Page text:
Want to share your content on R-bloggers? click here if you have a blog, or here if you don't.

Have you tried synchronizing R processes? I did and it wasn’t straightforward. In fact, I ended up creating a new package – flock.

One of the improvements I did not too long ago to my R back-testing infrastructure was to start using a database to store the results. This way I can compute all interesting models (see the “ARMA Models for Trading” series for an example) once and store the relevant information (mean forecast, variance forecast, AIC, etc) into the database. Then, I can test whatever I want without further heavy lifting.

Easy said, but took me some time to implement in practice. My database of choice was SQLite, which doesn’t require a database server and the entire database is stored within a single file. Choosing SQLite was probably part of the problem – it turned out that SQLite doesn’t support simultaneous database updates – i.e. the synchronization is left to the user. Here is a stripped down version of a program, which often FAILS on multi-core system:

require(RSQLite)
require(parallel)

db.path <- tempfile()
con <- dbConnect(RSQLite::SQLite(), dbname=db.path)
df <- data.frame(value=0)
dbWriteTable(con, "test", df)
dbDisconnect(con)

write.one.value <- function(val) {
con <- dbConnect(RSQLite::SQLite(), dbname=db.path)
dbWriteTable(con, "test", data.frame(value=val), append=TRUE)
dbDisconnect(con)
}

mclapply(1:100, write.one.value, mc.cores=2)


After some generous debugging I found out that the problem is the parallel writing occurring in write.one.value.

My first impulse was to find some scripting solution, using R’s system call, but that didn’t work very well. My next plan was to add support to RSQLite, but that seemed too limiting (synchronization can be useful elsewhere) and complicated. So, I moved to the next solution, which was to execute the write.one.value code within a critical section (take an exclusive lock at the beginning, unlock at the end).

Before unrolling my own package, I decided to check what’s on CRAN, and I discovered the synchronicity package. A bit heavy for my taste (using the C++ library boost), but so what. It seemed to work at first, so I run some of my long-ish simulations.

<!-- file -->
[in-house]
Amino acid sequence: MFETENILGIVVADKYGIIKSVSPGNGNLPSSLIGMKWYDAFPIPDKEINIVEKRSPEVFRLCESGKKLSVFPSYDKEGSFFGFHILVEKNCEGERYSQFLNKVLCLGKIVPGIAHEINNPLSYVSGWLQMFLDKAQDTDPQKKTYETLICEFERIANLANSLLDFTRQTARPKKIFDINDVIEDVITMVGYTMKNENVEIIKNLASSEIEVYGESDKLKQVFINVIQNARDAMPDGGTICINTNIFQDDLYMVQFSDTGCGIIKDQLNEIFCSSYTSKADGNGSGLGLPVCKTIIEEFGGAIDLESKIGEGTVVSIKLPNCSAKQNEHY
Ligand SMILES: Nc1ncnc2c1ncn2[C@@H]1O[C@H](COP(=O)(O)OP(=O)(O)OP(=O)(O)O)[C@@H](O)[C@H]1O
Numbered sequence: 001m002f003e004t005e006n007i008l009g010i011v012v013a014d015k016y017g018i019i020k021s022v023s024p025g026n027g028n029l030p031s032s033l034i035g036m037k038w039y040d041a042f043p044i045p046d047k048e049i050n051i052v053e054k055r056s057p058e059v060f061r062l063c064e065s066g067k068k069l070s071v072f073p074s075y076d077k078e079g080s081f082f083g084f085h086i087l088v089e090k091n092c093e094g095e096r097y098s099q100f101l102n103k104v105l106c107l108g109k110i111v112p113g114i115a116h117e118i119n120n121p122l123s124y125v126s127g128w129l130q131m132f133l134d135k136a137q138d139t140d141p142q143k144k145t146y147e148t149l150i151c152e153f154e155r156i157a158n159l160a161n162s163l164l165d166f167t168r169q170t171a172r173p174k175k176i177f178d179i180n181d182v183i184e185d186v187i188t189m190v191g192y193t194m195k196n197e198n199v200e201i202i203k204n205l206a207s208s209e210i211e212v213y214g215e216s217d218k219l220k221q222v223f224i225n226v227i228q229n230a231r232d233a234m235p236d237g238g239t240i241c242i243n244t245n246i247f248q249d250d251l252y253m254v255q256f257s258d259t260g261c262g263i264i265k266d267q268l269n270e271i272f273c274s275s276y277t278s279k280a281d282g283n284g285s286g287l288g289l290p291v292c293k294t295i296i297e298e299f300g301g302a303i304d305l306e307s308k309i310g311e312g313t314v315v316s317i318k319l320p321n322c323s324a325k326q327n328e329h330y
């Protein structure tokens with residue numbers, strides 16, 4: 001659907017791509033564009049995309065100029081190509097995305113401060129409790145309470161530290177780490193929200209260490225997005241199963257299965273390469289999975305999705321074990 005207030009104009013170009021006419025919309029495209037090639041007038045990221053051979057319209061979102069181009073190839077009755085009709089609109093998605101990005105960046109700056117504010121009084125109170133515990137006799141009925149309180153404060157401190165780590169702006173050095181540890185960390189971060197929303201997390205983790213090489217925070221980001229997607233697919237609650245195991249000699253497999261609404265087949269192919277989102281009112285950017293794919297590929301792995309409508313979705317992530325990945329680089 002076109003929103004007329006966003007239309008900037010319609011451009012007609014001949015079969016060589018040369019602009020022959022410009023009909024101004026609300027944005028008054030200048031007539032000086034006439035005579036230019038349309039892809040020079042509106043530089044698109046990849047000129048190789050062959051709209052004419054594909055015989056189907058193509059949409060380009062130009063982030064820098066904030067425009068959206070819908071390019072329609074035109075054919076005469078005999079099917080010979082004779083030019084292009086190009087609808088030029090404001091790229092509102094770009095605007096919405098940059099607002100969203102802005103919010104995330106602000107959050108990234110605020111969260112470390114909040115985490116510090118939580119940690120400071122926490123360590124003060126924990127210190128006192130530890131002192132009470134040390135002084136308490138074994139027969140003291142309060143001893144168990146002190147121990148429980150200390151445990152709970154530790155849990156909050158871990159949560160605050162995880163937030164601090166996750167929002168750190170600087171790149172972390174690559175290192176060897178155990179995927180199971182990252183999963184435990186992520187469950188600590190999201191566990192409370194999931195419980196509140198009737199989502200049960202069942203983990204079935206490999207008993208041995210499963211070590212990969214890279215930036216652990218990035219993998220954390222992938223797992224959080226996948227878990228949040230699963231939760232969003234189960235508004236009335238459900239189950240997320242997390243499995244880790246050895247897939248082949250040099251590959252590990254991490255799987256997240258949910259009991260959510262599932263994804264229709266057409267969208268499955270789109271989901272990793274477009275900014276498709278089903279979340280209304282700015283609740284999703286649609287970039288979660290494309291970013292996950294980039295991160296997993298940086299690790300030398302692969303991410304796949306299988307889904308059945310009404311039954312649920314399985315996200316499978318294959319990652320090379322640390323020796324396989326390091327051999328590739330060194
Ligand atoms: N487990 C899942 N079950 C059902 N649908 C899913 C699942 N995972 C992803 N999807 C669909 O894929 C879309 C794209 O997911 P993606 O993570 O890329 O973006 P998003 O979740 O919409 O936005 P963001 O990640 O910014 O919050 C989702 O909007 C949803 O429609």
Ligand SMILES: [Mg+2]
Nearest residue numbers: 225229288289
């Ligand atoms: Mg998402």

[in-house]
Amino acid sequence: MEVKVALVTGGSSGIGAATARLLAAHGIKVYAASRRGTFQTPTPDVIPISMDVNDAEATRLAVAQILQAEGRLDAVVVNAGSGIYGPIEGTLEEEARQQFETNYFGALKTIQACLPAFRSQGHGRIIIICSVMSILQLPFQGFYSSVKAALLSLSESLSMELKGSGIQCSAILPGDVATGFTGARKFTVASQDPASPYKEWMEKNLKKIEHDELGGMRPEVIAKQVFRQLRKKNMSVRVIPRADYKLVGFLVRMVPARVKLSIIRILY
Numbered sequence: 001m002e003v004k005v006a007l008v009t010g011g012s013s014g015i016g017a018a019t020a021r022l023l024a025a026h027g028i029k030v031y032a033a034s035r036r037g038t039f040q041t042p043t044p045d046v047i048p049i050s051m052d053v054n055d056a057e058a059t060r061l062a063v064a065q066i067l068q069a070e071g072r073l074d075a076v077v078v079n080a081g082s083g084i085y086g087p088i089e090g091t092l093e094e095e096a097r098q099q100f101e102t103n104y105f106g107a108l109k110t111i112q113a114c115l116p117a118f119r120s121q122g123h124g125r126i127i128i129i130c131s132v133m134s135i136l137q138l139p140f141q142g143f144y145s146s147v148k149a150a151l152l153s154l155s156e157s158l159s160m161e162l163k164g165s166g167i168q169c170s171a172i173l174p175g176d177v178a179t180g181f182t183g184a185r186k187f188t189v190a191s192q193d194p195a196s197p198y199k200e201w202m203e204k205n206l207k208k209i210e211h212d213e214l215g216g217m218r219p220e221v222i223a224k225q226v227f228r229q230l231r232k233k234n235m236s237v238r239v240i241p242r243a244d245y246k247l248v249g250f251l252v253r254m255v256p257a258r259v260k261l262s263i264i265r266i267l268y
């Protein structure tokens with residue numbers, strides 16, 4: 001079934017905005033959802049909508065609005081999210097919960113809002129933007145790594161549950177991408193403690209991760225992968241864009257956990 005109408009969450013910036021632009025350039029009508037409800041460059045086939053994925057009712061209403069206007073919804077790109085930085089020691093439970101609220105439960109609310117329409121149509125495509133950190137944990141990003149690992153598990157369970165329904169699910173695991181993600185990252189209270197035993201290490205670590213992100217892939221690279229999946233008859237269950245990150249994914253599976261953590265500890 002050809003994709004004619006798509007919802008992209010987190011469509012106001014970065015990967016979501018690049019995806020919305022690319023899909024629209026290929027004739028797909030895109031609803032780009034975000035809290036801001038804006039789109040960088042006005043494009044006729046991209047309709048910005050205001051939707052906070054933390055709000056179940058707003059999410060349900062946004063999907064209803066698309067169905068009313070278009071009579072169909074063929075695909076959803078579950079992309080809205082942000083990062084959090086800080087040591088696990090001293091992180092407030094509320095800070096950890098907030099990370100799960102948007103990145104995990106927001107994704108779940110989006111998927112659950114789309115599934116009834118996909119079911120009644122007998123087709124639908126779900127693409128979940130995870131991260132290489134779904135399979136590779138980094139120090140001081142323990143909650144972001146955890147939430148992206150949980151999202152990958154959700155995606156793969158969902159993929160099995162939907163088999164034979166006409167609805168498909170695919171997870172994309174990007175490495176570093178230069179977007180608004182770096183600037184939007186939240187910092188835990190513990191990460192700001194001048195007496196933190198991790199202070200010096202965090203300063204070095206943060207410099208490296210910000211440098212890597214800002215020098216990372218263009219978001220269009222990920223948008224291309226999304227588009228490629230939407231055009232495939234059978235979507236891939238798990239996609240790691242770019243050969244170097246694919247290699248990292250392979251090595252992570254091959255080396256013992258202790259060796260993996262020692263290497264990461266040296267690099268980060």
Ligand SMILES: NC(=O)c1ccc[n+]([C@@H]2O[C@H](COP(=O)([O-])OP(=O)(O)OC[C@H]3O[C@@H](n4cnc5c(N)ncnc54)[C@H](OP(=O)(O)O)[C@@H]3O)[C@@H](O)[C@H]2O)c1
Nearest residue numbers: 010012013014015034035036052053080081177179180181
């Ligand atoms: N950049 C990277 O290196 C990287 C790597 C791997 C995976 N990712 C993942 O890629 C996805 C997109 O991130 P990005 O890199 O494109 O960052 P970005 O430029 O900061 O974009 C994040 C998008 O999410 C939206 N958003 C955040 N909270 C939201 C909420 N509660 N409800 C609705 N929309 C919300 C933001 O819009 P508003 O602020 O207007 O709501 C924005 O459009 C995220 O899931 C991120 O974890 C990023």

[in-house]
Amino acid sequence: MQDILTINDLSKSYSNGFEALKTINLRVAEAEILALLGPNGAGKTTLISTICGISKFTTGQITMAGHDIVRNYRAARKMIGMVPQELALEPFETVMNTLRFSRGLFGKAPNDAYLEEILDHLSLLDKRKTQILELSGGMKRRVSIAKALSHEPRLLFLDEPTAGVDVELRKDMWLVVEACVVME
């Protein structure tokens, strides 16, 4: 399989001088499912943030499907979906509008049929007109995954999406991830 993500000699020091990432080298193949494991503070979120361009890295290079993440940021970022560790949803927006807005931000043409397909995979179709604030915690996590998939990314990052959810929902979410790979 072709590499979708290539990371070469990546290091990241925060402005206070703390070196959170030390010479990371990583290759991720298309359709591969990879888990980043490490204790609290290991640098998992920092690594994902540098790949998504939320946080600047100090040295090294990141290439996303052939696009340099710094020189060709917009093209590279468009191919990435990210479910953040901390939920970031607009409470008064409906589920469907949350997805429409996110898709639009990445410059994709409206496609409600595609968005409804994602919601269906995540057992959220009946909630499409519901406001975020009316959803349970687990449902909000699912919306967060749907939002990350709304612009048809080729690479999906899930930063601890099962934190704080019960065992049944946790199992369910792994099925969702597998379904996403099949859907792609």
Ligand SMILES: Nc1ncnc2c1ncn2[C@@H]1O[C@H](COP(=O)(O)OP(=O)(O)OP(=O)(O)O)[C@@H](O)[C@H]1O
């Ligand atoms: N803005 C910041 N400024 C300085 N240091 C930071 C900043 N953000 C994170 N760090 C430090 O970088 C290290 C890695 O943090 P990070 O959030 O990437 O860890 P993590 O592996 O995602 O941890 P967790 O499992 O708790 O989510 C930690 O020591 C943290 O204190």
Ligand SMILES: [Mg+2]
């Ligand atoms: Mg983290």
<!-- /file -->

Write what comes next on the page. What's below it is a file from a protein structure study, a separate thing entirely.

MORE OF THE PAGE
A day later, I observed something strange – the number of processes has reduced, and the simulation seemed to have hanged. Some more debugging revealed that the underlying boost libraries were throwing an exception, and things were going sour afterwards. Fed up with debugging and the time wasted, I went back to approach of writing my own package.

The result was the flock package. The working version of the above code follows:

require(RSQLite)
require(parallel)
require(flock)

db.path <- tempfile()
con <- dbConnect(RSQLite::SQLite(), dbname=db.path)
df <- data.frame(value=0)
dbWriteTable(con, "test", df)
dbDisconnect(con)

write.one.value <- function(val, lock.name) {
# Take an exclusive lock
ll = lock(lock.name)

con <- dbConnect(RSQLite::SQLite(), dbname=db.path)
dbWriteTable(con, "test", data.frame(value=val), append=TRUE)
dbDisconnect(con)

# Release the lock
unlock(ll)
}

lock.name = tempfile()
# or lock.name = "~/file.lock"

mclapply(1:100, write.one.value, mc.cores=2)


With RStudio and Rcpp the package development was a breeze. Besides for database access, I started using the package to protect logging to files, and other similar tasks. It’s new, but by the time you are reading this post I have probably executed millions of synchronizations, so it should be pretty stable. The only downside – Windows is not supported, I simply cannot afford the time at the moment to do that (it may work out-of-the-box, but that’s far from certain).

To install the package:

install.packages("flock", repos="http://R-Forge.R-project.org")